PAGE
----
I’m still in touch with Erin, the counsellor who met me at my car on my first day at Merrywood. Not only did she look out for me that session and every session we’ve spent there since, but we’ve stayed in touch over the years through letters and Christmas cards. Nowadays, Facebook helps keep us up to date on the happenings in each other’s lives.

I think it was the summer of 2002 when I didn’t get into Merrywood but instead was offered a place at Camp Lakewood. I was in utter despair over not getting into Merrywood—my 12-year-old life was over as I knew it. But I was happy to be going to camp somewhere. And, as it turned out, this was one of the best things to ever go wrong in my life.

At Lakewood, I met my best friends in the world. Not long after arriving, I met Hanako. She was in the bed next to mine and our first interaction involved her helping me to disentangle my walker from my wheelchair. I’m pretty sure she thought I was quite daft for getting into such a predicament, but it was nice of her to help.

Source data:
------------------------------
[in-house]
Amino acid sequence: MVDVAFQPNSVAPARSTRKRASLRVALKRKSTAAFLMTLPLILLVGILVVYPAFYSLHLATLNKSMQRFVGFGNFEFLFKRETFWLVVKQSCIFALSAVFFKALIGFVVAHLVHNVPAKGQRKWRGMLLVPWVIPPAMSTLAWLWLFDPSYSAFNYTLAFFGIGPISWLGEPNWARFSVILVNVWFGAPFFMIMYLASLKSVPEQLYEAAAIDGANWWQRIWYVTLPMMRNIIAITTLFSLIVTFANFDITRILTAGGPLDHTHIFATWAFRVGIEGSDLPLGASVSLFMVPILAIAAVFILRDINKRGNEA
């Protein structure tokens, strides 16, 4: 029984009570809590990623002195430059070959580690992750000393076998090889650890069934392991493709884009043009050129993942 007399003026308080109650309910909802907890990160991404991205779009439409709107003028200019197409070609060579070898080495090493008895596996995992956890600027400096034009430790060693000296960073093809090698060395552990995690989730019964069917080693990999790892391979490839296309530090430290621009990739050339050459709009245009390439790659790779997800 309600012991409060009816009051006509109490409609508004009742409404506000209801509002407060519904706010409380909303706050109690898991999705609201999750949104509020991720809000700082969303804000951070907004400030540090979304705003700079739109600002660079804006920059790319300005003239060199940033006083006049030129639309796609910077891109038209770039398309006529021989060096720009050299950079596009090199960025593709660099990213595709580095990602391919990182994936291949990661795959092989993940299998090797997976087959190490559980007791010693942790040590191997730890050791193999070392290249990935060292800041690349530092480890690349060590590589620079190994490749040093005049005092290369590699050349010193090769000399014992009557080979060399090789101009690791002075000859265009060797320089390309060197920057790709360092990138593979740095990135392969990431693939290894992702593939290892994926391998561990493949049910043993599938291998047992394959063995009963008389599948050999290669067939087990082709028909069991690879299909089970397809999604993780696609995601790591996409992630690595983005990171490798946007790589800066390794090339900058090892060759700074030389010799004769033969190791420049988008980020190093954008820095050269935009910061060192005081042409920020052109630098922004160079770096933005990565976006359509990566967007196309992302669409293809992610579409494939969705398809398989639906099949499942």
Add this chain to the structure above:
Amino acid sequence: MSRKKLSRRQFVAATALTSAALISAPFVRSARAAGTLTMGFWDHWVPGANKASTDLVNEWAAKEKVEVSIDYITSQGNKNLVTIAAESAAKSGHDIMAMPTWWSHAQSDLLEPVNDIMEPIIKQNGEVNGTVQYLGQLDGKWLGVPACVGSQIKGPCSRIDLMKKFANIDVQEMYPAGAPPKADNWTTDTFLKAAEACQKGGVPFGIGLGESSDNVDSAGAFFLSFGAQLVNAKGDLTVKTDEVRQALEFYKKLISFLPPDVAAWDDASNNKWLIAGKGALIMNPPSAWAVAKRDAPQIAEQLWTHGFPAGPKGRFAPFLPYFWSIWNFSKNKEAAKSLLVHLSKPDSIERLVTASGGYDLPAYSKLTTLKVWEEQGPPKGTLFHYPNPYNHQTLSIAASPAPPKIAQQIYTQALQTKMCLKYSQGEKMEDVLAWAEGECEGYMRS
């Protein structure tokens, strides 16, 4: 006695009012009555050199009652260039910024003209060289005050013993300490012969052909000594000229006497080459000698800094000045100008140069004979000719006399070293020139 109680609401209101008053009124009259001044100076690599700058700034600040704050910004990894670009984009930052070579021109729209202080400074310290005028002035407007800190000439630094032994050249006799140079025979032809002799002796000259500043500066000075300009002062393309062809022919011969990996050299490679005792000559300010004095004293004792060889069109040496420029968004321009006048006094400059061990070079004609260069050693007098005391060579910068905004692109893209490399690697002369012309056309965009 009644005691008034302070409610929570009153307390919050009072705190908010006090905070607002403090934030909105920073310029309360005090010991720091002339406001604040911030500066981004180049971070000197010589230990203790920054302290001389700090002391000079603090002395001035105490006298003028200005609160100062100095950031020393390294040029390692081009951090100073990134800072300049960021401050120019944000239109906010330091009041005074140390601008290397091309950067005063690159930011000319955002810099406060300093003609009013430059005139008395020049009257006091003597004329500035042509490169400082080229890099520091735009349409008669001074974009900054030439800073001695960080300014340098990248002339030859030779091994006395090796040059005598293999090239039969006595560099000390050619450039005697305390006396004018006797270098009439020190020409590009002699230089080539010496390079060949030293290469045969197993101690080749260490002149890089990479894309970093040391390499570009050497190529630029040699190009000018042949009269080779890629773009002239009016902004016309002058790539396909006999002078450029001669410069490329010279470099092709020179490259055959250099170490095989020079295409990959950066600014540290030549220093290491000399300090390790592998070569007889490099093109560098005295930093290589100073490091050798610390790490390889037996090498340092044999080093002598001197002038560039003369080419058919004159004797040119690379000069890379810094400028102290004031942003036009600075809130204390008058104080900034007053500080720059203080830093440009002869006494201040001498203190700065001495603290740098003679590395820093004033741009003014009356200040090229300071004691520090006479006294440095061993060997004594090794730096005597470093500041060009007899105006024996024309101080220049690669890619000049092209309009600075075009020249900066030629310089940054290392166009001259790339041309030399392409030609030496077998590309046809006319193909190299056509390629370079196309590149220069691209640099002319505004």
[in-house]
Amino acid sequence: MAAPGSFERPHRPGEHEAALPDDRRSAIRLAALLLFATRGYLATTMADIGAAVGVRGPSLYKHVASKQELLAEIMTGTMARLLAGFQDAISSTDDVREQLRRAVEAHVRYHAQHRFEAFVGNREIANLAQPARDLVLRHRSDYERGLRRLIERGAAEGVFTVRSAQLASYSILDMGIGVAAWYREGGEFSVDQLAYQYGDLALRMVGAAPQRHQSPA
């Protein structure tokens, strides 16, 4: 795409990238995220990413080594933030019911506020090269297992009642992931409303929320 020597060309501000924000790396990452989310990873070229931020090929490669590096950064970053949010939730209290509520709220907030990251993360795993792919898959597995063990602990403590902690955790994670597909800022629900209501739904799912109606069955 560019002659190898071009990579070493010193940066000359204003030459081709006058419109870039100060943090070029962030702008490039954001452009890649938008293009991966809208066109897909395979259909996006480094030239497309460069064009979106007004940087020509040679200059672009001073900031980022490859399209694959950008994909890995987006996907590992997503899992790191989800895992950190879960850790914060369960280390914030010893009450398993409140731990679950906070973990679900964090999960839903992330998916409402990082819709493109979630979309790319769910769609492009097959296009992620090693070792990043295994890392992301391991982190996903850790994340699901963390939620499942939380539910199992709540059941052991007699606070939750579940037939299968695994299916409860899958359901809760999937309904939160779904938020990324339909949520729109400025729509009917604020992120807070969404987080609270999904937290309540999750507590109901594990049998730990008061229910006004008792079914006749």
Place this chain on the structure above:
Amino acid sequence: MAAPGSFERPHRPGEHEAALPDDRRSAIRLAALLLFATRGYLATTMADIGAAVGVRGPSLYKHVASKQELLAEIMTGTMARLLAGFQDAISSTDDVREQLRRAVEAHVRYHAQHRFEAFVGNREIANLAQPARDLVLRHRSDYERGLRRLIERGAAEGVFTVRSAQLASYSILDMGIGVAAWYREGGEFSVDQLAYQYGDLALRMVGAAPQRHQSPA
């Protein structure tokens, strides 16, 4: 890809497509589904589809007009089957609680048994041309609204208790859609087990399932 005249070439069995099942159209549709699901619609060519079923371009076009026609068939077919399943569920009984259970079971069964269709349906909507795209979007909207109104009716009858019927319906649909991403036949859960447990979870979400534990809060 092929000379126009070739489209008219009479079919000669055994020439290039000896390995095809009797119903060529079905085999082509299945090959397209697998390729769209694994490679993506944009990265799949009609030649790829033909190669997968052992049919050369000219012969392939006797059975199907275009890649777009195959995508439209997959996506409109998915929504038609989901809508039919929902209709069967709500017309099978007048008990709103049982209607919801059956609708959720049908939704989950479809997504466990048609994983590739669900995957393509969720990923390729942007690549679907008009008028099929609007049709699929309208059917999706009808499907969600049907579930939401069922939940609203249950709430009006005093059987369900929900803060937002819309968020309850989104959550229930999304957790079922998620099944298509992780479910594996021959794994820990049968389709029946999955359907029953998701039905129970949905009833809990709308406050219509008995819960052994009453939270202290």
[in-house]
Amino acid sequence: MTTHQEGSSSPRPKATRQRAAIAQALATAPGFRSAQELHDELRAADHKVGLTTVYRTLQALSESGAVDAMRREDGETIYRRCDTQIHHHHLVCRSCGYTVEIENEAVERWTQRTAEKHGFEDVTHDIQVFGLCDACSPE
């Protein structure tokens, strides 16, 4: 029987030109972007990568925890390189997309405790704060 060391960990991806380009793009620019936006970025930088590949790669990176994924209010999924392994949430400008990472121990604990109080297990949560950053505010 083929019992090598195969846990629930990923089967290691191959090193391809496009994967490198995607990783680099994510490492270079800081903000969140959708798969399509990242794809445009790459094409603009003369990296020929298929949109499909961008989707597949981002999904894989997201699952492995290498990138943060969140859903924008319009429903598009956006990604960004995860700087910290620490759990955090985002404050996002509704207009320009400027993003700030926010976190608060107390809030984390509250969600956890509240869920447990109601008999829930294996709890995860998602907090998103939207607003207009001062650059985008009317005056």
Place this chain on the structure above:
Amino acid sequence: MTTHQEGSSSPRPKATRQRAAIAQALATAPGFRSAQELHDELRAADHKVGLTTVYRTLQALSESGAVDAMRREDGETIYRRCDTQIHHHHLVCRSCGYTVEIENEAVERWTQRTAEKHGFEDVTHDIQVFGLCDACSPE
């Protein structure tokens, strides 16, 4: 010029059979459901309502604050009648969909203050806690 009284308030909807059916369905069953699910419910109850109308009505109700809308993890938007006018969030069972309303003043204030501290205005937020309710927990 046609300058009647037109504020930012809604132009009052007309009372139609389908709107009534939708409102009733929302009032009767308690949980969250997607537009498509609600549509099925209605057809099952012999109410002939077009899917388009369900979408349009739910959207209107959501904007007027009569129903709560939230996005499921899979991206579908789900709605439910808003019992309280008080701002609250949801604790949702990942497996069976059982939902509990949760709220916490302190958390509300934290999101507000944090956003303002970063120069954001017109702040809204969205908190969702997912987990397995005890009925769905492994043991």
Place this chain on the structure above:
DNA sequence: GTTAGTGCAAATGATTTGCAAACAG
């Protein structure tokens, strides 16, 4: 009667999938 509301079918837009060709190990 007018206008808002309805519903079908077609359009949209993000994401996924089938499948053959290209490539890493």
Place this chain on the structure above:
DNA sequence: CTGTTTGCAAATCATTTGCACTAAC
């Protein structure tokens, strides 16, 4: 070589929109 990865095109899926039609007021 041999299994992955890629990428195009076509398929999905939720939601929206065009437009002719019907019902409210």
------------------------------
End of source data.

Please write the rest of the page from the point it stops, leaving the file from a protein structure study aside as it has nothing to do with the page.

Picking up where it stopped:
The previous year, Merrywood had acquired a collection of untippable and unsinkable sailboats that could be maneuvered easily from a comfortable seat with a joy stick and single rope operating the sail. Sailing quickly became my favourite activity, pushing swimming to second place. I love the freedom and exhilarating speed when I catch the wind just right.

Lakewood also had these sailboats, and pretty good wind conditions as well. When Hanako and I arrived at the beach for sailing on the second day of camp, it was quickly established that, due to short staffing, we would be sent in a boat together as we were both experienced­ sailors. Darren, an attractive Irish sailing instructor, whom I immediately had a huge crush on to the point of being speechless, had trained Hanako the summer before.